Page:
Tencent, Asia’s largest Internet company, is poised to buy a 16-percent stake in China’s leading online retailer JD.com, according to Chinese media reports, a big move in China’s e-commerce market. The official announcement is expected next week.
The move is widely viewed as a strategic collaboration to shore up the two parties against their common competitor Alibaba, China’s largest e-commerce company.
Tencent is best known for its WeChat messaging service, which has more than 272 million monthly active users, mainly in China. It had appointed Barclays bank to advise it on a potential purchase of JD.com shares, the Wall Street Journal reported last month.
The company could merge its less popular e-commerce services Buy.qq.com and Yixun.com with JD.com, China’s second-largest online retailer, in return for the latter’s stock. JD.com would benefit from Tencent’s huge social network traffic, especially through WeChat, to help it compete with Alibaba. JD.com’s founder Richard Liu would still hold over half of the voting rights.
JD.com is currently preparing for a 1.5 billion dollar U.S. listing, ahead of a much anticipated listing by bigger rival Alibaba Group Holding.
An operational tie-up between Tencent and JD.com could create a strong competitor to Alibaba, which has thus far dominated China's e-commerce market.
JD.com’s presence in e-commerce is small compared with rival Alibaba, but an alliance with Tencent could create a bigger player. JD.com, like Amazon.com, is a direct seller of goods, while Alibaba runs eBay-like online marketplaces where many merchants sell items directly to customers. Analysts say Tencent could turn WeChat's vast user base into a platform for offering other services such as mobile shopping, and a partnership with JD.com could provide Tencent with more resources in running e-commerce operations.
JD.com wants to take advantage of Tencent’s overwhelming online presence, especially in the mobile area, while Tencent wants to put its online payment system into better use by working together with JD.com’s well-established e-commerce sector.
Tencent could sell its e-commerce assets, tiny compared to JD.com, at a good price and focus on core business of social networking and promising financial business.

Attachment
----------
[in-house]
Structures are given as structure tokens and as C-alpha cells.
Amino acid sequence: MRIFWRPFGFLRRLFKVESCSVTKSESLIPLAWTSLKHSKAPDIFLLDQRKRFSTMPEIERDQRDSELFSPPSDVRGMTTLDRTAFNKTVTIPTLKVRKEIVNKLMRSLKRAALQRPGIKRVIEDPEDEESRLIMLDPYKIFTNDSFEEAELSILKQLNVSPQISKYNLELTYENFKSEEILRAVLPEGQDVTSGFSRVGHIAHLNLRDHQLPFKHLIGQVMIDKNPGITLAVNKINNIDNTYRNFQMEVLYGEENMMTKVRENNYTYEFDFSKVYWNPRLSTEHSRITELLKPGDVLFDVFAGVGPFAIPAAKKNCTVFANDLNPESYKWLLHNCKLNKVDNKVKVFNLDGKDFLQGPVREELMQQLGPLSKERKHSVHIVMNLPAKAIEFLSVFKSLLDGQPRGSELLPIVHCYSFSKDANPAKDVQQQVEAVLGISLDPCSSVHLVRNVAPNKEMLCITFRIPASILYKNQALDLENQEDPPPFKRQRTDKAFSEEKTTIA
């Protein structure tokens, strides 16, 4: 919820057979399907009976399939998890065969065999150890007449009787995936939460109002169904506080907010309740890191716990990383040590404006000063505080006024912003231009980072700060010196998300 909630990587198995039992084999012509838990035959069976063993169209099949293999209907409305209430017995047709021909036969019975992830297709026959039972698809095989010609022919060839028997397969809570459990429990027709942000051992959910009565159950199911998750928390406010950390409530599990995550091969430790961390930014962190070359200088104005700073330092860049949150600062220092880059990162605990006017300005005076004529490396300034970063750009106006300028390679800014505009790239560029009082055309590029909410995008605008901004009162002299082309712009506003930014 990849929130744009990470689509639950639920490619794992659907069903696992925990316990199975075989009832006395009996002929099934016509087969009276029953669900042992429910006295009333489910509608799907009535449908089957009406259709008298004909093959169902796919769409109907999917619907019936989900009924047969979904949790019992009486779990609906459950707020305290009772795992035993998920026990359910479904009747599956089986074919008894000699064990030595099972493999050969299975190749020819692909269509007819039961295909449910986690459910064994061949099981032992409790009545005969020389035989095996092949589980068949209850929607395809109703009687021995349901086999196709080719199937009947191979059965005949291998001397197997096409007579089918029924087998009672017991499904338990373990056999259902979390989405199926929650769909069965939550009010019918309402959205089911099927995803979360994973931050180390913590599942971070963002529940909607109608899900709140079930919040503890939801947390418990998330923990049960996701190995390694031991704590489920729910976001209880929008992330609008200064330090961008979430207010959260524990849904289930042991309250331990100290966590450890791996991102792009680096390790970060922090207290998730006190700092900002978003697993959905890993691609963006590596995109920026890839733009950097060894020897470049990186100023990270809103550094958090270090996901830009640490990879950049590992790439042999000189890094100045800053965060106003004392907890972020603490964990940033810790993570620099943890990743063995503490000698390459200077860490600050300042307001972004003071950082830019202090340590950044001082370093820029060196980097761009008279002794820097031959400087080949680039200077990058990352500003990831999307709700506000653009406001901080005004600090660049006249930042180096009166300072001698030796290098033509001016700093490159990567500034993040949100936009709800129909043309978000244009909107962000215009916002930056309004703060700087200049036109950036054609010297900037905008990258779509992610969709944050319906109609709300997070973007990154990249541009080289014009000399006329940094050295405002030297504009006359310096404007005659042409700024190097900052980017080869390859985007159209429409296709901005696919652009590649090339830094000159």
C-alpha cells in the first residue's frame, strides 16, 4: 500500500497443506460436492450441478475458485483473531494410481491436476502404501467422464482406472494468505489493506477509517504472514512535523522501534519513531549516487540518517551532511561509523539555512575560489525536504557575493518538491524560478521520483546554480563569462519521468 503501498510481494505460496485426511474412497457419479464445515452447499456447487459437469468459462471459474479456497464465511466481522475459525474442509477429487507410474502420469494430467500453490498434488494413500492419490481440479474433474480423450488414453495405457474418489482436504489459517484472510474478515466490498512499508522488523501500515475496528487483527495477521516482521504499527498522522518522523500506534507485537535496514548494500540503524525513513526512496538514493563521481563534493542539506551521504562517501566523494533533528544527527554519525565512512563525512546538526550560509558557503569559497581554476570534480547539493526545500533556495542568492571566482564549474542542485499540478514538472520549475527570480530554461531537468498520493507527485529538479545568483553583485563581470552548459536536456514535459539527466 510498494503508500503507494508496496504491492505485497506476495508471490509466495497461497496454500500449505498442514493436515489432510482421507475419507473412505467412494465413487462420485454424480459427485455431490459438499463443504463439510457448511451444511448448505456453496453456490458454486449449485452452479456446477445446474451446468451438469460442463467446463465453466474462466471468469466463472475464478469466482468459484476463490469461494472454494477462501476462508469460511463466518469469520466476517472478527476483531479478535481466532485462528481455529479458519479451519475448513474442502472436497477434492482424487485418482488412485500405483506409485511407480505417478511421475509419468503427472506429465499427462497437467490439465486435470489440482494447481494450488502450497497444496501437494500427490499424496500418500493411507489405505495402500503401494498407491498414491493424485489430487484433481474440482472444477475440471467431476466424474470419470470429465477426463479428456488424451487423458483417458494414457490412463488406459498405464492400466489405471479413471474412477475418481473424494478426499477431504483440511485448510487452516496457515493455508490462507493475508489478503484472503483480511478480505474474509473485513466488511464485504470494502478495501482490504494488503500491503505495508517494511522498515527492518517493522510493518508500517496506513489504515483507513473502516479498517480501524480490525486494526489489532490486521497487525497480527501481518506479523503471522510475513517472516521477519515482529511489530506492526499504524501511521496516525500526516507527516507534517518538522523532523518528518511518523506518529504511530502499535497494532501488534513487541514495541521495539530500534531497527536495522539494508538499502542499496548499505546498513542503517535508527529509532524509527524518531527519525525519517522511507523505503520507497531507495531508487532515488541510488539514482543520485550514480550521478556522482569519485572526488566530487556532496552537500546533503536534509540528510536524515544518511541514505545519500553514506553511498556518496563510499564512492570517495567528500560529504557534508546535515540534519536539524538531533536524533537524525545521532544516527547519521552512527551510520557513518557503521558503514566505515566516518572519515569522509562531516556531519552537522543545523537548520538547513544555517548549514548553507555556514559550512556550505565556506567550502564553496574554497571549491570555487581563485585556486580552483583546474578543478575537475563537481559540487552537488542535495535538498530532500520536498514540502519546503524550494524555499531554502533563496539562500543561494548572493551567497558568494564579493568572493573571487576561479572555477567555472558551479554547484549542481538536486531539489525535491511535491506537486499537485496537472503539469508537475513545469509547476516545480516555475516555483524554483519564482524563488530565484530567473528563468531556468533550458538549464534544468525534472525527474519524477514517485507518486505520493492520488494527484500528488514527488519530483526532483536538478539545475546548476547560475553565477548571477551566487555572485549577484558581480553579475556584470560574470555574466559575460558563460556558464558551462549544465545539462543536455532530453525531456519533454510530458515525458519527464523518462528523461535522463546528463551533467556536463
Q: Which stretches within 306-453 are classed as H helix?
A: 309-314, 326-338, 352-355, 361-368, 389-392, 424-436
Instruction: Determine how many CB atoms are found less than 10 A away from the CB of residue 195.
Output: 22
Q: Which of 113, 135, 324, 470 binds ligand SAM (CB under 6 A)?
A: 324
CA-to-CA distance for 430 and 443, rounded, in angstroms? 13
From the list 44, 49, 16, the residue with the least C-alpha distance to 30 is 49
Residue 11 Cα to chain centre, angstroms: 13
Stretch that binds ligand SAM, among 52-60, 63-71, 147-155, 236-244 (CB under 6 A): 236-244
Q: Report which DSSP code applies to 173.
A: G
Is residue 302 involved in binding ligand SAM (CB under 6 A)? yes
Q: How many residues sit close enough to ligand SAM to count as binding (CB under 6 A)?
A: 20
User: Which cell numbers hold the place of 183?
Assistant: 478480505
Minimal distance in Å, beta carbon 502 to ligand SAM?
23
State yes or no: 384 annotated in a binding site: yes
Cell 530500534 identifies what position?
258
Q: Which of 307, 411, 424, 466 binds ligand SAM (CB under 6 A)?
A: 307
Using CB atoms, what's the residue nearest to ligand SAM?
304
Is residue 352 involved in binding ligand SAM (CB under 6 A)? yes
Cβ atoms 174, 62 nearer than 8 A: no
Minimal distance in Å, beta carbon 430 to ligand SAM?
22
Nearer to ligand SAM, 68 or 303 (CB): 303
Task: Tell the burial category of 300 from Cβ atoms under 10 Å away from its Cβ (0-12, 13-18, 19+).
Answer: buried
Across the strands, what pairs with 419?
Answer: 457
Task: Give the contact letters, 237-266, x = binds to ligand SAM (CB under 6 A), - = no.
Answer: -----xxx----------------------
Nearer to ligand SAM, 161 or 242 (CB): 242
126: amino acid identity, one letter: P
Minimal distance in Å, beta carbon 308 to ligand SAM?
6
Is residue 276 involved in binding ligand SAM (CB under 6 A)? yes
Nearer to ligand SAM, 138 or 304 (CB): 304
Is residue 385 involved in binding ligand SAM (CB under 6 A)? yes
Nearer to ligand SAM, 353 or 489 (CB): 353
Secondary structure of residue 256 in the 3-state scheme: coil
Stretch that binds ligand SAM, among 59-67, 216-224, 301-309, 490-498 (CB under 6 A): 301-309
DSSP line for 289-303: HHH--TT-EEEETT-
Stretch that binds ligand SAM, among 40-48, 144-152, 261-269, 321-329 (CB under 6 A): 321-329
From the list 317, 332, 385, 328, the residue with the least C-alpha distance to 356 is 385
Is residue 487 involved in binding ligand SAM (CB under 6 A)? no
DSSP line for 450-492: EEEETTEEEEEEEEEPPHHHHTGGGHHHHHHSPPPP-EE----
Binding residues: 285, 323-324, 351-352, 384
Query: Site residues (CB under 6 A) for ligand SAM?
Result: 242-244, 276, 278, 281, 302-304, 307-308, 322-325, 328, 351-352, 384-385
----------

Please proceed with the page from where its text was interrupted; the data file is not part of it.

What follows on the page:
An e-commerce consulting company CEO “Lu Zhengwang” was optimistic about the deal:
After packaging Paipai.com and Yixun.com to JD.com and building a solid online shopping payment entry, WeChat would have more opportunities to construct mobile shopping platform. A small mobile shopping ecosystem would pop up after WeChat payments are opened, stepping up competition with Taobao mobile. JD.com would be more confident in its coming IPO with Tencent’s investment and traffic resources from PC and mobile devices. The situation will become that Paipai.com + JD.com versus Taobao + Tmall
A netizen “About Yao Zhonglin” said the potential merge signaled that China’s Internet is entering into an oligopoly:
What’s more interesting is that two giants are starting to contact nearly all Internet companies, negotiate about potential investments or acquisitions. China’s Internet industry has started a ‘take sides’ game. Even such small companies like JD.com and 360 have been reported to receive investments from Tencent and Alibaba respectively. Nearly all valuable Internet firms will be asked to choose a side. It signals that China’s Internet is headed toward twin oligopolies.
Chinese netizens responded on tech social media Huxiu.com with a variety of opinions to the report of Tencent and JD.com’s potential collaboration:
“Floating over desert”: Richard Liu would “marry” Tencent only after Tencent sent its e-commerce sector to JD.com. This is likely to happen. JD.com would end up just one of many sites without Tencent; Tencent’s e-commerce sector would be unable to achieve bigger success without an e-commerce giant like JD.com. For Tencent, time is worth more than money in the mobile Internet era. It’s likely that the situation has settled, whether to transfer Yixun to JD.com would just be a chip on negotiating table.
I don’t want Tencent to buy a stake in JD.com. For us common consumers, the more e-commerce companies there are, the fiercer the competitions becomes, the more benefits we’ll gain. We’re going to lose if there is just oligopoly in market.
Laughing and cursing to survive: Tencent has become more like an investment bank. It may have realized that its own e-commerce business would hardly grow into a giant, so now is the time to sell. It could focus on core businesses like social networking and promising Internet finance. Facebook’s acquisition of WhatsApp has proven the potential value of social networking. Along this trend, Tencent could sell its flat video sector. Tencent’s e-commerce sector like Yixun.com seems not very valuable for JD.com, but may improve JD’s listing story and add to its valuation. The merger could also help JD get Tencent’s social network traffic.